In the later 16th century English power steadily increased in Ireland and Grace's power was steadily encroached upon. Finally, in 1593, when her sons, Tibbot Burke and Murrough O'Flaherty, and her half-brother, Donal-na-Piopa, were taken captive by the English governor of Connaught, Sir Richard Bingham, Grace sailed to England to petition Elizabeth 1 for their release. Elizabeth apparently took to Grace, who was three years older, and the two women reached sufficient agreement for Elizabeth to grant
Grace's requests provided Grace's support of many Irish rebellions and her piracy against Great Britain ended. Their discussion was carried out in Latin as Grace spoke no English and Elizabeth spoke no Irish.
Despite the meeting, Grace later returned to her old ways, though nominally directing her raids against the "enemies of England" during the Nine Years War (Ireland). She most likely died at Rockfleet Castle in 1603, the same year as Elizabeth, though the year and place of her death are disputed.
Meeting with Elizabeth
Elizabeth 1 famously sent Grace a list of questions, which Grace answered and returned to Elizabeth. Grace then came to England (as previously stated) to petition the release of her sons and half-brother. She met with Elizabeth at Greenwich palace, wearing a fine gown and the two of them surrounded by guards and the members of Elizabeth's royal Court.
Grace refused to bow before Elizabeth because Grace did not recognize Elizabeth as the Queen of Ireland, and wished to show Elizabeth this. It is also rumored that Grace had a dagger concealed about her person, which guards found upon searching her.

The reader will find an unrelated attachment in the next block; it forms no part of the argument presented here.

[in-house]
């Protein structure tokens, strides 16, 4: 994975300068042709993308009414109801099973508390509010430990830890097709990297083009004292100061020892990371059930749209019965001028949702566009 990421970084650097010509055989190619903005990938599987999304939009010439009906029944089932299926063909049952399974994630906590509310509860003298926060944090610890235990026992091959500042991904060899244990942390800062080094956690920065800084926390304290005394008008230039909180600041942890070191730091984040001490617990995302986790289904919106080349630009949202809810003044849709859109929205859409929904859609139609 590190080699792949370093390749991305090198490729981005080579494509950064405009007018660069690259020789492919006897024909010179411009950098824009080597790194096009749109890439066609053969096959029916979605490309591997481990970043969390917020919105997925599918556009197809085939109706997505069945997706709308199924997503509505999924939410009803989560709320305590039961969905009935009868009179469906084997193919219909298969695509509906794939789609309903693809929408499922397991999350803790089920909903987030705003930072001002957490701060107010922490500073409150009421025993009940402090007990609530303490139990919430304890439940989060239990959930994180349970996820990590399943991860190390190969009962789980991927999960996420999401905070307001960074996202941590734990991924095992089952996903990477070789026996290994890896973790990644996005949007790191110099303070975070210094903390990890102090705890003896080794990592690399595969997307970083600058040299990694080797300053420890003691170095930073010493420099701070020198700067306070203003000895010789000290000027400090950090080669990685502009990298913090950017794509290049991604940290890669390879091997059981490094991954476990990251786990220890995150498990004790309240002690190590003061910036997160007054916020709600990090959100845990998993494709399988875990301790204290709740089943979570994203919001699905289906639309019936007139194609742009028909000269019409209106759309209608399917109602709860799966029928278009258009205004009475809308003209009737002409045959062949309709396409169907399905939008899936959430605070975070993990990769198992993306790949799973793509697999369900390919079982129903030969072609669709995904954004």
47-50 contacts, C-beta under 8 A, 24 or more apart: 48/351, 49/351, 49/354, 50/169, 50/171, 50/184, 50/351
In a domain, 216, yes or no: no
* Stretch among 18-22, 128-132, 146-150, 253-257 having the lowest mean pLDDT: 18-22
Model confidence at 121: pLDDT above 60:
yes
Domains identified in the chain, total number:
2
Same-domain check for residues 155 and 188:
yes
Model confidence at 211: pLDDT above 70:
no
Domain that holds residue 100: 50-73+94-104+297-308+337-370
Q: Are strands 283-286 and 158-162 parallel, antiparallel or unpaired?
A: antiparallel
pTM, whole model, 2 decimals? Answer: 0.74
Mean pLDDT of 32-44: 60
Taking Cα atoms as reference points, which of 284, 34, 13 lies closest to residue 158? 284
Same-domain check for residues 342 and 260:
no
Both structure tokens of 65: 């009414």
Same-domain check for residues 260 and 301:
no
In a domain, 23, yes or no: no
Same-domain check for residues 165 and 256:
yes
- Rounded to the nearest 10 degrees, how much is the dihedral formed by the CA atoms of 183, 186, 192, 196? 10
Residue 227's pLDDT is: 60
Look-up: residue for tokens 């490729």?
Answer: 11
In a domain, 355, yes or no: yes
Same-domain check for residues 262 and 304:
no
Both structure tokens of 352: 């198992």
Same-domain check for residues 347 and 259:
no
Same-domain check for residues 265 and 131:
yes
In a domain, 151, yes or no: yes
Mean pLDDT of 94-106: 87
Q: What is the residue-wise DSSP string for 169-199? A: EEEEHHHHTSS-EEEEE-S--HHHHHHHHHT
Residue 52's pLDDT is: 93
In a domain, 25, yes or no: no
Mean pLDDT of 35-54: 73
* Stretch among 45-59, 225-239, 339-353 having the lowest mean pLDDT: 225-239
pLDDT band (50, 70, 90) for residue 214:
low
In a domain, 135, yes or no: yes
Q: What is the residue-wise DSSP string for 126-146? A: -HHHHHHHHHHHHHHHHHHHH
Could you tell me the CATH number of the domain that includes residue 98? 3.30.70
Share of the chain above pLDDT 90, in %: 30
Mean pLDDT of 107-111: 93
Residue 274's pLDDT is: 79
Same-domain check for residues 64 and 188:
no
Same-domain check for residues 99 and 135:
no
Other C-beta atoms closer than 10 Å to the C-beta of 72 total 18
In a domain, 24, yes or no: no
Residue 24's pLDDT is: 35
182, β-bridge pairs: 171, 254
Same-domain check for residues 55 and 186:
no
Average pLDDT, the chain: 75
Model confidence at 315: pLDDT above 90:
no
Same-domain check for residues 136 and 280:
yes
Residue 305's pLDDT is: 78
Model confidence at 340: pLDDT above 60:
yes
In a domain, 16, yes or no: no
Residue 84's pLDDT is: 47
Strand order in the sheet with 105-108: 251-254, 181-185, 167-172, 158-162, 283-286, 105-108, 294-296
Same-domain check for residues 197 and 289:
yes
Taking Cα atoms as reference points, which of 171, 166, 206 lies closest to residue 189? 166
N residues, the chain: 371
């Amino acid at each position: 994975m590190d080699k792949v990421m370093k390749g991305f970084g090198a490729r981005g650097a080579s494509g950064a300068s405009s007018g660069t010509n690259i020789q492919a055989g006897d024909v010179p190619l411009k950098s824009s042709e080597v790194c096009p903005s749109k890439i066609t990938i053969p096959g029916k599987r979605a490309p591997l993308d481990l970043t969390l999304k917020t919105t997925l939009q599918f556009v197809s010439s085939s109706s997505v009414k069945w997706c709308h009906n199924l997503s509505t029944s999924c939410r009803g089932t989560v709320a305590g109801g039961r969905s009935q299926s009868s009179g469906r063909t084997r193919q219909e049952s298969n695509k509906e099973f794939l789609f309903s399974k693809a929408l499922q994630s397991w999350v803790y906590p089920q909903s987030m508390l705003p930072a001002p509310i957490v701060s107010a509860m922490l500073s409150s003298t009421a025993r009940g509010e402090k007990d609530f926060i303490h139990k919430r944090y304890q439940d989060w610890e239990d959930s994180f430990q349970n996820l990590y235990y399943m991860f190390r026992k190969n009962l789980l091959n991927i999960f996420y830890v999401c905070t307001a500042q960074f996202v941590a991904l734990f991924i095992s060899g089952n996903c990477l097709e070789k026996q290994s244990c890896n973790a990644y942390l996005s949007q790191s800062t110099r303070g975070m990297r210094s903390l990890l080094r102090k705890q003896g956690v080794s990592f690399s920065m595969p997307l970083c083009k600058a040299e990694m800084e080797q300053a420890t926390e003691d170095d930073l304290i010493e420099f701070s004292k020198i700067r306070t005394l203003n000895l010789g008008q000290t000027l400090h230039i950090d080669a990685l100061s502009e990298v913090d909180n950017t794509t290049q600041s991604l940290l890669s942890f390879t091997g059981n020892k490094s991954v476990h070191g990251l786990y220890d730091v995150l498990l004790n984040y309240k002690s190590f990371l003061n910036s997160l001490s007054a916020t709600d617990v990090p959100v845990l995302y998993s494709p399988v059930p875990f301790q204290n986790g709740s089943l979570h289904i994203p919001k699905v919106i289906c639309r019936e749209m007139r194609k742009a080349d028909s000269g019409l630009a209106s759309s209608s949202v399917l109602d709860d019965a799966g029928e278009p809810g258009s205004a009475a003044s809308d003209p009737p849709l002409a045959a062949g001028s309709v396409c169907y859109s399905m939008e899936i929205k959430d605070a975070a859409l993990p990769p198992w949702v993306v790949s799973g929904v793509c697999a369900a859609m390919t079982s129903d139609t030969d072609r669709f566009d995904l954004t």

Elizabeth's courtiers were said to be very upset and worried, but Grace informed the Queen that Grace carried it for her own safety--Elizabeth accepted this and, though the dagger was removed from Grace's possession, did not seem to worry. Some also reported that Grace sneezed and was given a lace-edged handerkerchief from a noblewoman. Grace apparently blew her nose into the handerkerchief and then threw the piece of cloth into a nearby fireplace, much to the shock of the Court. Grace amusedly informed Queen Elizabeth and her court that, in Ireland, a used handkerchief was considered dirty and was destroyed.
Grace and Elizabeth, after much talk, agreed to a list of demands. For example, Elizabeth was to remove Richard Bingham from his position in Ireland, and Grace was to stop supporting the Irish Lords' rebellions. Grace sailed back to Ireland, and the meeting seemed to have done some good, for Richard Bingham was removed from service. However, several of Grace's other demands (that the cattle and land Bingham had stolen from her were returned, for instance) were unmet, and within a rather short period of time, Elizabeth had sent Bingham back to Ireland. Upon Bingham's return, Grace realized that the meeting with Elizabeth had been useless, and went back to supporting Irish rebellions.
As in life, her death is somewhat of a mystery. It looks like she died at Carraighahowley Castle but the exact date is unknown
Anne's latest book
'Finding Tom Cruise and Other Stories', is published Linden Publishing Services and is priced at €10.99